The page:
What we found was on the other end of the spectrum: options from $200-300 for a month, essentially having us move into someone’s home while they would go crash elsewhere for the month.  Or some windowless bunker that kinda resembled a perhaps high-end prison cell.  Budget friendly for sure, but also not right for us trying to settle in for a month and live.

We sought a middle ground, and despaired to not find it in San Juan1.  But we didn’t sulk for long.  Though we’d be reneging on the forecast we’d given countless times, we remembered we had every right to remix our plans when the contemplated ones proved ill-fated.

Finding a nice apartment to live and surf in San Juan proved ill-fated, so we were going to remix our October plan.

I really liked Granada, much more than the beach front party environment of San Juan, so I took to googling “granada nicaragua apartment rental” to see what we might find there.  After Craigslist and AirBNB, result #3 was granadahomerental.net.  One click from there brought me to Vista Mochambo, a 10-unit apartment complex featuring hammocks, a pool, a rooftop terrace, banana trees growing in the courtyard, and well appointed everything.  All but the biggest unit were $550 a month.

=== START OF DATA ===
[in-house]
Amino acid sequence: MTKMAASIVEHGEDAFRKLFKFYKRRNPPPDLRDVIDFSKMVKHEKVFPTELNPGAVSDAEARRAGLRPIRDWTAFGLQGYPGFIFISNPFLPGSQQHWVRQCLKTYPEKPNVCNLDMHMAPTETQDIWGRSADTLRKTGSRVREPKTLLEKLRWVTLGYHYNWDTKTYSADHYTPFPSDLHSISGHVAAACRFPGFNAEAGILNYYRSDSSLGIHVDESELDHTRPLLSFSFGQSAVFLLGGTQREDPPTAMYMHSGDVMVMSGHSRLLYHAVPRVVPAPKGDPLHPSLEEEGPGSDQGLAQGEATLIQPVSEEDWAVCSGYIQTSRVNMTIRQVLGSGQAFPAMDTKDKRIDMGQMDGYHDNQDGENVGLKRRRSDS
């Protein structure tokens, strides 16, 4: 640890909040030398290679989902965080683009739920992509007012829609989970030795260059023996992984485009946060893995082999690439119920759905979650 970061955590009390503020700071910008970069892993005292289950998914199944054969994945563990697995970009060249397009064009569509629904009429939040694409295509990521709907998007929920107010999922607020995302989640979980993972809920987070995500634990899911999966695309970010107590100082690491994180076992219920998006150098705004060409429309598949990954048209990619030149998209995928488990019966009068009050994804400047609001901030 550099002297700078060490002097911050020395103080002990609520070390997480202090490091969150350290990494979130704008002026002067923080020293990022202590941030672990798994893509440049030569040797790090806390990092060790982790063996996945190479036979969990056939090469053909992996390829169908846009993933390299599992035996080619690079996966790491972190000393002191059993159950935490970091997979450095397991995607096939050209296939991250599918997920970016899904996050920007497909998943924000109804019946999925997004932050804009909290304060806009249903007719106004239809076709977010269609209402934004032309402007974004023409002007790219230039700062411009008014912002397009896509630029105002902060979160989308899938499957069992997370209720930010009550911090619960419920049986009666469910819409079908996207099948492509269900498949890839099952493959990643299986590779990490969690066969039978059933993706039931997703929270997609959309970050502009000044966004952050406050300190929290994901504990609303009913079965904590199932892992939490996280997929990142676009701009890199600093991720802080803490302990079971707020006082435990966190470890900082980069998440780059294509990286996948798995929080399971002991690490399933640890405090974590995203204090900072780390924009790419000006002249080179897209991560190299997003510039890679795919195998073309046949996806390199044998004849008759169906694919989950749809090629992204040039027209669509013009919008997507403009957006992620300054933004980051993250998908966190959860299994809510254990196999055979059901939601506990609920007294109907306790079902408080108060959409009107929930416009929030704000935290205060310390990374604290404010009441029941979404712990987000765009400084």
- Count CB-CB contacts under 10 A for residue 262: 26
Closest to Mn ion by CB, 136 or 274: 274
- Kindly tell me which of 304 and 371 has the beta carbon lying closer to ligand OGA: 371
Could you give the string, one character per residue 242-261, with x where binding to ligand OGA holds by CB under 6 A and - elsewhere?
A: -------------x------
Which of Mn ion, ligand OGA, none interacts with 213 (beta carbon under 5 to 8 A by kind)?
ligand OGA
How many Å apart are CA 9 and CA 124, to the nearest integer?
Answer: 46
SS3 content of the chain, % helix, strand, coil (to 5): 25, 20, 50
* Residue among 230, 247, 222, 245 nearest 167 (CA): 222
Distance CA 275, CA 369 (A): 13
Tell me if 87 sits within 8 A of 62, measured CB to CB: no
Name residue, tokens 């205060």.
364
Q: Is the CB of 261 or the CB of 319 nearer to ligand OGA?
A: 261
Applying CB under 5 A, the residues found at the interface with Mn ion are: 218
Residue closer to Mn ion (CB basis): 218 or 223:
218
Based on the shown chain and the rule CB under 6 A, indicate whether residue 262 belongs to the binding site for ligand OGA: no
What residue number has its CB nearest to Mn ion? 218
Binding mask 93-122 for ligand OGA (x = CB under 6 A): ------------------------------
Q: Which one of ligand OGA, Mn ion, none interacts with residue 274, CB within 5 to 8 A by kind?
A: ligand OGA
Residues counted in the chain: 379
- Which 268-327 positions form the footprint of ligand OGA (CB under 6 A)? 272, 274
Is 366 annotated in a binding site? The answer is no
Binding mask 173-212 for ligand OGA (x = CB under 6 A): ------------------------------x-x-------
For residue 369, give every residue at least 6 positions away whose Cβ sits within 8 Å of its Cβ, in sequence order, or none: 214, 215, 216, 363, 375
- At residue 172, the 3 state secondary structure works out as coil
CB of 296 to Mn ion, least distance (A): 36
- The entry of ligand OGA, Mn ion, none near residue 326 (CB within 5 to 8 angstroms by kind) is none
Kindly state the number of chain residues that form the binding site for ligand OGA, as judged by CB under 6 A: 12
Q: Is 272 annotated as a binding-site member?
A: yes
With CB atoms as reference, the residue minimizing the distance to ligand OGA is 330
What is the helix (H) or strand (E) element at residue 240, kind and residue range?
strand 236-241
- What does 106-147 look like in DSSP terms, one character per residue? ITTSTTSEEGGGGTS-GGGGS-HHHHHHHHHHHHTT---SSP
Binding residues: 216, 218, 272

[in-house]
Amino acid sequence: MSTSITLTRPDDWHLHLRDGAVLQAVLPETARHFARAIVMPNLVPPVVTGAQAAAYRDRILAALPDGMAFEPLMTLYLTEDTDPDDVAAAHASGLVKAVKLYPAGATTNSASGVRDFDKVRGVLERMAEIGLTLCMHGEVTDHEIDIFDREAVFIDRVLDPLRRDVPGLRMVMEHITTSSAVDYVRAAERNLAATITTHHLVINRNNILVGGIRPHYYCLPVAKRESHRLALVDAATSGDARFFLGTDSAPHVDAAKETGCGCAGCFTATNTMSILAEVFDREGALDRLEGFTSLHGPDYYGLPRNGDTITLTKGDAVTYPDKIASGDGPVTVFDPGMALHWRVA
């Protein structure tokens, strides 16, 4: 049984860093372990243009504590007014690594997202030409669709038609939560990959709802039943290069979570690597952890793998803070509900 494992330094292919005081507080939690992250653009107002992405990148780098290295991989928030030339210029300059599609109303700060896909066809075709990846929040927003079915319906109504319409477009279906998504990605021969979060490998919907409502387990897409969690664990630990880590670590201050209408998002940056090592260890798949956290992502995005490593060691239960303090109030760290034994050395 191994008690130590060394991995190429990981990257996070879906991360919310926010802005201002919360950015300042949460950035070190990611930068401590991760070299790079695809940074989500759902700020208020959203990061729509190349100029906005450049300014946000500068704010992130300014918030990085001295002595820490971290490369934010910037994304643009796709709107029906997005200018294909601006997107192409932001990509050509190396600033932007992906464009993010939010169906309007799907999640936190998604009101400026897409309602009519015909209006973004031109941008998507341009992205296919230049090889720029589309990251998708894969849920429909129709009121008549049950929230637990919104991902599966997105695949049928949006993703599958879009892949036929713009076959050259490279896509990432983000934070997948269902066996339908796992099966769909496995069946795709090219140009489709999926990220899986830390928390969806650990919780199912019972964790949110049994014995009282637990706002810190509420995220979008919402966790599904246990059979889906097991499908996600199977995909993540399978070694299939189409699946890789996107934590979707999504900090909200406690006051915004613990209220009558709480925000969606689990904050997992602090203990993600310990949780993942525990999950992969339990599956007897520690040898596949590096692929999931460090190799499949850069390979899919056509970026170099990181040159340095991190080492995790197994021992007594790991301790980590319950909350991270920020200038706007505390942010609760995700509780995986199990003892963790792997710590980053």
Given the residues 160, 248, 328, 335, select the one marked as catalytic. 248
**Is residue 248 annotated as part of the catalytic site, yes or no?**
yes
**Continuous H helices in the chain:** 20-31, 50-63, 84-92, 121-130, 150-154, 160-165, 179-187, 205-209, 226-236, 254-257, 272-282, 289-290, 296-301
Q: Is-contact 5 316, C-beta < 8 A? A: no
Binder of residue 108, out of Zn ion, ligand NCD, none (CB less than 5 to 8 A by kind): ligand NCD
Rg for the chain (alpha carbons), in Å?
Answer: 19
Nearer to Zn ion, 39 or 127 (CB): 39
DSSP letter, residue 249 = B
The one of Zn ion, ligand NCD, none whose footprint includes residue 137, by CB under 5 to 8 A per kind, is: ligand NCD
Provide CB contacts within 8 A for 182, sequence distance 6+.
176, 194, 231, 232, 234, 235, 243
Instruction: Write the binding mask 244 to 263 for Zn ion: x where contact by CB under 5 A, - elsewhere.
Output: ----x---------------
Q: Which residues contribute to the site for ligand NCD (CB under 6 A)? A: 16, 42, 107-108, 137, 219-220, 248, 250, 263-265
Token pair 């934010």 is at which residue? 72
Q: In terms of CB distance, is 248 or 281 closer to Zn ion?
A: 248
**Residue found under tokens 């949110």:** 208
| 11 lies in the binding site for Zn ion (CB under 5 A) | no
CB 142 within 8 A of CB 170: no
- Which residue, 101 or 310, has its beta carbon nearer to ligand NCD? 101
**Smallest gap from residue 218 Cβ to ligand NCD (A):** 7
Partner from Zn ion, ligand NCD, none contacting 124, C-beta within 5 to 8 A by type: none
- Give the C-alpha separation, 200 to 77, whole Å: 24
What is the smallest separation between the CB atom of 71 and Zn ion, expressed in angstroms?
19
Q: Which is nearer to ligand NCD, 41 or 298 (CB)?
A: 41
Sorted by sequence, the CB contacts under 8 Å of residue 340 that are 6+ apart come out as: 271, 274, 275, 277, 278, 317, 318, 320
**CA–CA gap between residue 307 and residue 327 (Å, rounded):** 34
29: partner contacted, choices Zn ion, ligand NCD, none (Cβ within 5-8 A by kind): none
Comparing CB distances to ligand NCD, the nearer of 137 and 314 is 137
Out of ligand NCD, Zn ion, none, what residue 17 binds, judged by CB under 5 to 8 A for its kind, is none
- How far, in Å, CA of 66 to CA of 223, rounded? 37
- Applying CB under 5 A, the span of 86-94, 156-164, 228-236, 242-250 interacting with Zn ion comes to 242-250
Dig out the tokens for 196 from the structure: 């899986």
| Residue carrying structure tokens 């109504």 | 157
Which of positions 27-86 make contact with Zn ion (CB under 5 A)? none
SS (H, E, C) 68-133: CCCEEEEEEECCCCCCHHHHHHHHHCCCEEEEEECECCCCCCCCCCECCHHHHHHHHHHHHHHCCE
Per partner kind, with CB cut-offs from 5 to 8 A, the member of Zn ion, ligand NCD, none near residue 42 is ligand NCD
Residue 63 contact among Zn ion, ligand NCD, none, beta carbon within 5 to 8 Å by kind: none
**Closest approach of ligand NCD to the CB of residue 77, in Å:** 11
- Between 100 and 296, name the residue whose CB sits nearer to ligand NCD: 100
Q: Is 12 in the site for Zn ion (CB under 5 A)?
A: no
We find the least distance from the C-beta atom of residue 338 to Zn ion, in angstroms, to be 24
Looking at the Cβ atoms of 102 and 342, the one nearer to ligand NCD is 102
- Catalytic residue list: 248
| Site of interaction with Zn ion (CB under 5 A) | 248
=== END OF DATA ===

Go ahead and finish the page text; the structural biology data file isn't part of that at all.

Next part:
Now that’s a middle ground worth usurping incumbent plans for.

The website clearly stated “These are all long term rentals from six months or more.” followed immediately by “However EXCEPTIONS can be made but there will be no overnight or weekly rentals.”  Would our bid to up the owner’s occupancy by 10% for the month of October be well received?  I wasted no time to find out.  Using my spiffy Google voice account I dialed the proprietor’s Austin-based phone number.

The kindly and paternal voice of Glenn greeted me on the other end of the phone.  I introduced myself, let him know of mine and Tracy’s underwhelm with San Juan, and told him if he’d be open to making an exception for a one-month stay, we’d be happy to be his guest for the current month and could get ourselves there tomorrow.  Our offer was well received, immediately making me glad I’d mustered the audacity to propose a stay term 1/6th the prescribed norm.